A quick guide to admissions in Delhi

[ Ronnie Nido ]

In exactly a week from now -on the 19th of June, 2018, the University of Delhi (DU) will announce its first cut-off list much akin to a referee saying “Go!” in a race.
Thousands (if not lakhs) of Arunachalese will flock to the national capital seeking admissions for their loved ones. Once in Delhi, these Arunachalese will then face challenges like soaring temperatures (40 degrees average), queues for admissions, documents involved, accommodations, transportation and so much more.
I know this because I went through it as well when I came seeking admission in DU in the summer of 2011. I came with my mother (first for both of us), ill-prepared for the chaos in Delhi and ended up being sick for over a week.
So, as my moral responsibility towards anyone who will be seeking admissions this year, I sat down with the members of the Arunachal Students Union Delhi (ASUD) to chalk out guidelines that could help Arunachali families visiting Delhi for admissions, deal a little better with the admission stress.

Seek Local Support:
Unbeknownst to many, there are institutions (both governmental and voluntary) that can help Arunachalese know better about the admission process. The general secretary of ASUD, Dewan Natung informed that they assist the officers from the Department of Education, who have to make note of every child from Arunachal studying in Delhi.
“Since it is physically impossible for the few officers to assist the thousands of students, ASUD and its members help them out” he adds.
ASUD sets up admission desks in both North Campus and South Campus to hand hold the students through the entire admission process. A recent outreach video conducted by the ASUD for the Delhi admissions lists the contact persons to be – Japken Kena (8860733816) Byabang Tulon (8527485521), Tana Niya Tara (7005912336) and Rikar Dini (8837434121)
Seeking local support is also crucial in determining the validity of other institutions (other than DU). There are many institutions around the NCR (National Capital Region) that are not affiliated to the UGC and give out easy admissions (mostly technical degrees) in return for money. “We recently went to an isolated institution in the Panipat region where the hostels had only Arunachalese who had come there via brokers”, adds Natung.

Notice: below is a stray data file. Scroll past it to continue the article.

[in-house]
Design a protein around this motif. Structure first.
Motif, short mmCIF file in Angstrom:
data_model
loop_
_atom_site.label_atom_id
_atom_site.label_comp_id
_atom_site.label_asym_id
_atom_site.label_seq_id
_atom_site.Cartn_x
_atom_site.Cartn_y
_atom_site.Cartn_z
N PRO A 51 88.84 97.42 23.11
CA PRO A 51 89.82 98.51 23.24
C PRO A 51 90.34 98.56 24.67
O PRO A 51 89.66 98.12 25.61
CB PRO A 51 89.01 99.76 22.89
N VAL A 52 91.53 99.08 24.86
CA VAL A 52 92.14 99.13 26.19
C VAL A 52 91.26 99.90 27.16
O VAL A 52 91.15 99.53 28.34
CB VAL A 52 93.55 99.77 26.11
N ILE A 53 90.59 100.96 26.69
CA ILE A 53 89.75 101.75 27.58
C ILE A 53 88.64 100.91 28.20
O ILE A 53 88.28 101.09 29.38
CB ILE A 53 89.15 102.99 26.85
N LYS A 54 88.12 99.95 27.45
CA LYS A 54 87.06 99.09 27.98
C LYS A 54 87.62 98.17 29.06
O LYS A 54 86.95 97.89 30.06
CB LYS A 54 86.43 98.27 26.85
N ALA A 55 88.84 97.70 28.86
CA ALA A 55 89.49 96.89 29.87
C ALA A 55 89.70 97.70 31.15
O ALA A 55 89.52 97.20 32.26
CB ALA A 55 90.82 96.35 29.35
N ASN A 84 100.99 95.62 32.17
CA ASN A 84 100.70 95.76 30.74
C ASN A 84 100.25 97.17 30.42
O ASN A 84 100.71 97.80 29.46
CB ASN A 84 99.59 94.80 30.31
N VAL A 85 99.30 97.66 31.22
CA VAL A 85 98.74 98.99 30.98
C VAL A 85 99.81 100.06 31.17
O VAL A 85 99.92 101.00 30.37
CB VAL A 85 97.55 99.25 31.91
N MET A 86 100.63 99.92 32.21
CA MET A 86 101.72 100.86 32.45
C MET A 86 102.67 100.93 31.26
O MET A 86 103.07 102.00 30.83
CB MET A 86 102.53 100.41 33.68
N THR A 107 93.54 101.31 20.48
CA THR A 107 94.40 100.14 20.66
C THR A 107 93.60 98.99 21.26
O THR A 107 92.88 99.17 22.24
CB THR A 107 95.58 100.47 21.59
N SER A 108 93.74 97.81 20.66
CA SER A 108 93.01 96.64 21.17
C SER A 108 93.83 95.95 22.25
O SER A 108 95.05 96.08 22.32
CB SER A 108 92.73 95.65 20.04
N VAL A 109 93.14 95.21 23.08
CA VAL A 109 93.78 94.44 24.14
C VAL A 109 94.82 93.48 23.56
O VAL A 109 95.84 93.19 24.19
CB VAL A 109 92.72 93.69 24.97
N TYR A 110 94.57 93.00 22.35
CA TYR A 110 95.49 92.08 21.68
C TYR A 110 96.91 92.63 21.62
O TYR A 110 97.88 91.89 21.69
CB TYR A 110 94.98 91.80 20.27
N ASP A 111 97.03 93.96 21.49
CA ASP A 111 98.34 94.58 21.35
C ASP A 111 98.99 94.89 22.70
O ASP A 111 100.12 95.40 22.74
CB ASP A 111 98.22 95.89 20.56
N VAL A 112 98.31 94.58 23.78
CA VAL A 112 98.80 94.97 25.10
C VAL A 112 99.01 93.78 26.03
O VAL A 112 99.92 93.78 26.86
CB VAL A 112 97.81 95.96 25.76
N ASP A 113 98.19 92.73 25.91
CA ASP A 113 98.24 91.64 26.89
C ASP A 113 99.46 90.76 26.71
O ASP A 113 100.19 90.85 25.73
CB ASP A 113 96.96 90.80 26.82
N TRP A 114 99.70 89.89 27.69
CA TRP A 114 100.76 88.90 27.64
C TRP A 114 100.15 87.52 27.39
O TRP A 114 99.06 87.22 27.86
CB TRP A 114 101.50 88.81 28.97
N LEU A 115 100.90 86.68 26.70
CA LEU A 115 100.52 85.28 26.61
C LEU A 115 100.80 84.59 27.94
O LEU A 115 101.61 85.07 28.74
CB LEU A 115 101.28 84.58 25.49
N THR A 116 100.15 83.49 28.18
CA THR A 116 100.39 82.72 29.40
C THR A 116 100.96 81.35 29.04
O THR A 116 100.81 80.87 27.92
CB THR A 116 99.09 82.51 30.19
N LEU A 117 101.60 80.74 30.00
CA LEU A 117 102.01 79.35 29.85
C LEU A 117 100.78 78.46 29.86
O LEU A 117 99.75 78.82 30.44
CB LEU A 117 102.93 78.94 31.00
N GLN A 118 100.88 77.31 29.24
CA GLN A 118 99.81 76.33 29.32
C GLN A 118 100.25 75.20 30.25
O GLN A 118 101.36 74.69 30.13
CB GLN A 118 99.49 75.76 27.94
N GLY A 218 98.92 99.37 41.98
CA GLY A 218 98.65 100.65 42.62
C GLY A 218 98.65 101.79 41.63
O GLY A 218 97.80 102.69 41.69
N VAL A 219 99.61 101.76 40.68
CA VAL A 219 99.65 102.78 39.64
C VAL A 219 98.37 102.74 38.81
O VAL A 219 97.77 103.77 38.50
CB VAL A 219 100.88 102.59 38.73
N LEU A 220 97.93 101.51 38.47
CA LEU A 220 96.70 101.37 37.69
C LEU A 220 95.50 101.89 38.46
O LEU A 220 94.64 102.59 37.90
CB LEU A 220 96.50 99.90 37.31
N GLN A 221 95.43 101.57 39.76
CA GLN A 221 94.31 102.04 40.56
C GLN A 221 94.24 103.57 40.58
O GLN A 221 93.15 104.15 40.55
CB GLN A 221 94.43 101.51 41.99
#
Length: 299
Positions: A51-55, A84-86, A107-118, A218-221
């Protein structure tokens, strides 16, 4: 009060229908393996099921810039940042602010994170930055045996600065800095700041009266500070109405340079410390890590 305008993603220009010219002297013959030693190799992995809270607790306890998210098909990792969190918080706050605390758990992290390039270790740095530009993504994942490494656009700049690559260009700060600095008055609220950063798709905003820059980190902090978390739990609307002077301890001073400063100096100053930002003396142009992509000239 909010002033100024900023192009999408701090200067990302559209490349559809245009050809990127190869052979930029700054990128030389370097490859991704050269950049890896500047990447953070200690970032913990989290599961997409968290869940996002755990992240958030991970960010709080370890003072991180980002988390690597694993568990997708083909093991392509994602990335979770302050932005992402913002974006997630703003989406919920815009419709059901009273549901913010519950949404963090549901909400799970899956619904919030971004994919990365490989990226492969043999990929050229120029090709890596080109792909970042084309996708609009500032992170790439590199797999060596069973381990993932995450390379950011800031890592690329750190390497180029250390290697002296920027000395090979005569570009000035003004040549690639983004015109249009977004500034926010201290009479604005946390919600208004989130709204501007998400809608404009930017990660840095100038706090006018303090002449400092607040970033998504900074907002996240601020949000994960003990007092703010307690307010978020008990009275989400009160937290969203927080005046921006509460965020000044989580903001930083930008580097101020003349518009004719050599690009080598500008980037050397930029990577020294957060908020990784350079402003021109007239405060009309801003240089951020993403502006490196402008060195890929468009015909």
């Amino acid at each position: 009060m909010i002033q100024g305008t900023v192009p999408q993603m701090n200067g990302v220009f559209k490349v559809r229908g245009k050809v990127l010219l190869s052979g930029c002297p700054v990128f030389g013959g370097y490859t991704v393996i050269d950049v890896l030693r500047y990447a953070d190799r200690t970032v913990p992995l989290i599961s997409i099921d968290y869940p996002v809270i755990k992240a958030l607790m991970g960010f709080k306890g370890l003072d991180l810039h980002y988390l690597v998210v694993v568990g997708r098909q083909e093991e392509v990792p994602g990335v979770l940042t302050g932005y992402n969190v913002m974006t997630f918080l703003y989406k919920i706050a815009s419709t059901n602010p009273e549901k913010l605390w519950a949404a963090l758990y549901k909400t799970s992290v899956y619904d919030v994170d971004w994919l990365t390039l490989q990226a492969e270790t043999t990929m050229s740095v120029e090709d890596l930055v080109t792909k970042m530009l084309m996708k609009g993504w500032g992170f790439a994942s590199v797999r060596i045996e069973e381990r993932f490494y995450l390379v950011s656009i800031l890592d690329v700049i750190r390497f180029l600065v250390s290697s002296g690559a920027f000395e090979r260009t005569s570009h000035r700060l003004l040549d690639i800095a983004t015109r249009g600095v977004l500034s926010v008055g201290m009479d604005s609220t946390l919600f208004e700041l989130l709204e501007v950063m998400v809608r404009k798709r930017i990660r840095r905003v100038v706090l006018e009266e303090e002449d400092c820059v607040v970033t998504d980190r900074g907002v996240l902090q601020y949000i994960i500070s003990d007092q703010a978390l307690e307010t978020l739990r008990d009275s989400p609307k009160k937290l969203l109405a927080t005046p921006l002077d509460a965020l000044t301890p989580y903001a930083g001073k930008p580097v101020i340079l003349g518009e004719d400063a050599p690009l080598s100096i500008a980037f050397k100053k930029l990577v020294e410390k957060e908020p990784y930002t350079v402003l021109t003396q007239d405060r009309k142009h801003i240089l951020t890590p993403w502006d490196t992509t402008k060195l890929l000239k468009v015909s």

Understand the admission process:
“My experience with admission has been that our Arunachali people assume that DU admissions will be like that of Dera Natung College or Rajiv Gandhi University, where everything happens in one place, but it is not like that,” says Rikar Dini, the convenor of ASUD. Unlike colleges in Arunachal Pradesh, DU has more than 75 colleges affiliated to it, which are spread across the NCR. While the cut-off list is declared online or in the two campuses (North and South), the admissions of each of these colleges occur in their respective campuses. So, one must be prepared to travel across the city if the location of your preferred colleges demands so.
Further, it is called the ‘first’ cut off because there are going to be ‘second’ and ‘third’ too. One only gets a period of three days to seek admissions under the first cut off list. So, if a student qualifies in the first cut off, it is crucial that the admission is completed within the three-day period.

Document verification:
The ASUD members insist that one must carry all the documents uploaded at the time of registration, both original and scanned. These documents are your Class-X and XII pass certificate, Class-X and XII mark sheets, ST certificates, PRC, Migration Certificate, Passport size photos and Income Certificate (if applicable). A strong advice is to carry five to six scanned copies of all these documents and to self-attest the scanned copies before submissions. Often times, the original documents need to be submitted for verification so one must carry the originals.